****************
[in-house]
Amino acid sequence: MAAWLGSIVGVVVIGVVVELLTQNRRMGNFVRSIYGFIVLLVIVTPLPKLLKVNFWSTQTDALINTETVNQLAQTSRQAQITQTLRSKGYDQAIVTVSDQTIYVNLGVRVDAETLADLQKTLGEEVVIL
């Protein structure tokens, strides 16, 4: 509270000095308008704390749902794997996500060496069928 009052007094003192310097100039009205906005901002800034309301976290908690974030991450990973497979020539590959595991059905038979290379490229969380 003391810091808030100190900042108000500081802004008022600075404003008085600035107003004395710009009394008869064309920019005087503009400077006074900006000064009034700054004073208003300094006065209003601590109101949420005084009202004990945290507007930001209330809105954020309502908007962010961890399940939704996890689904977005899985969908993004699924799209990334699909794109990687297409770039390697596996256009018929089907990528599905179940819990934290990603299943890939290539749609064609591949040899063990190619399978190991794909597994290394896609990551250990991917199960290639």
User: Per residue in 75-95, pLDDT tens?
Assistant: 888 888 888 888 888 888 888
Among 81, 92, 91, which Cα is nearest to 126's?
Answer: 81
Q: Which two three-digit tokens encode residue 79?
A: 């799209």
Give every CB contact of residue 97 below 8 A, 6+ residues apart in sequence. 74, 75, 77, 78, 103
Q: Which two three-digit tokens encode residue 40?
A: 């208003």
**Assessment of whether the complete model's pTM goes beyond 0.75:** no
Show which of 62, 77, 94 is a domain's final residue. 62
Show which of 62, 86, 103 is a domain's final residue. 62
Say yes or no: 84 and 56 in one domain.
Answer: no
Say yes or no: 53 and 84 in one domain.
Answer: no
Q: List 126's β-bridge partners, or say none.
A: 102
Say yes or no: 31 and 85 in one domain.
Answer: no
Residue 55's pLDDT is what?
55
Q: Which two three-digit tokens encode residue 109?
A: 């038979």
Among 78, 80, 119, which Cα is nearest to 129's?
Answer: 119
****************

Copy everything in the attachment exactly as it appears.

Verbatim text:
[in-house]
Amino acid sequence: MAAWLGSIVGVVVIGVVVELLTQNRRMGNFVRSIYGFIVLLVIVTPLPKLLKVNFWSTQTDALINTETVNQLAQTSRQAQITQTLRSKGYDQAIVTVSDQTIYVNLGVRVDAETLADLQKTLGEEVVIL
């Protein structure tokens, strides 16, 4: 509270000095308008704390749902794997996500060496069928 009052007094003192310097100039009205906005901002800034309301976290908690974030991450990973497979020539590959595991059905038979290379490229969380 003391810091808030100190900042108000500081802004008022600075404003008085600035107003004395710009009394008869064309920019005087503009400077006074900006000064009034700054004073208003300094006065209003601590109101949420005084009202004990945290507007930001209330809105954020309502908007962010961890399940939704996890689904977005899985969908993004699924799209990334699909794109990687297409770039390697596996256009018929089907990528599905179940819990934290990603299943890939290539749609064609591949040899063990190619399978190991794909597994290394896609990551250990991917199960290639």
User: Per residue in 75-95, pLDDT tens?
Assistant: 888 888 888 888 888 888 888
Among 81, 92, 91, which Cα is nearest to 126's?
Answer: 81
Q: Which two three-digit tokens encode residue 79?
A: 């799209």
Give every CB contact of residue 97 below 8 A, 6+ residues apart in sequence. 74, 75, 77, 78, 103
Q: Which two three-digit tokens encode residue 40?
A: 């208003």
**Assessment of whether the complete model's pTM goes beyond 0.75:** no
Show which of 62, 77, 94 is a domain's final residue. 62
Show which of 62, 86, 103 is a domain's final residue. 62
Say yes or no: 84 and 56 in one domain.
Answer: no
Say yes or no: 53 and 84 in one domain.
Answer: no
Q: List 126's β-bridge partners, or say none.
A: 102
Say yes or no: 31 and 85 in one domain.
Answer: no
Residue 55's pLDDT is what?
55
Q: Which two three-digit tokens encode residue 109?
A: 């038979």
Among 78, 80, 119, which Cα is nearest to 129's?
Answer: 119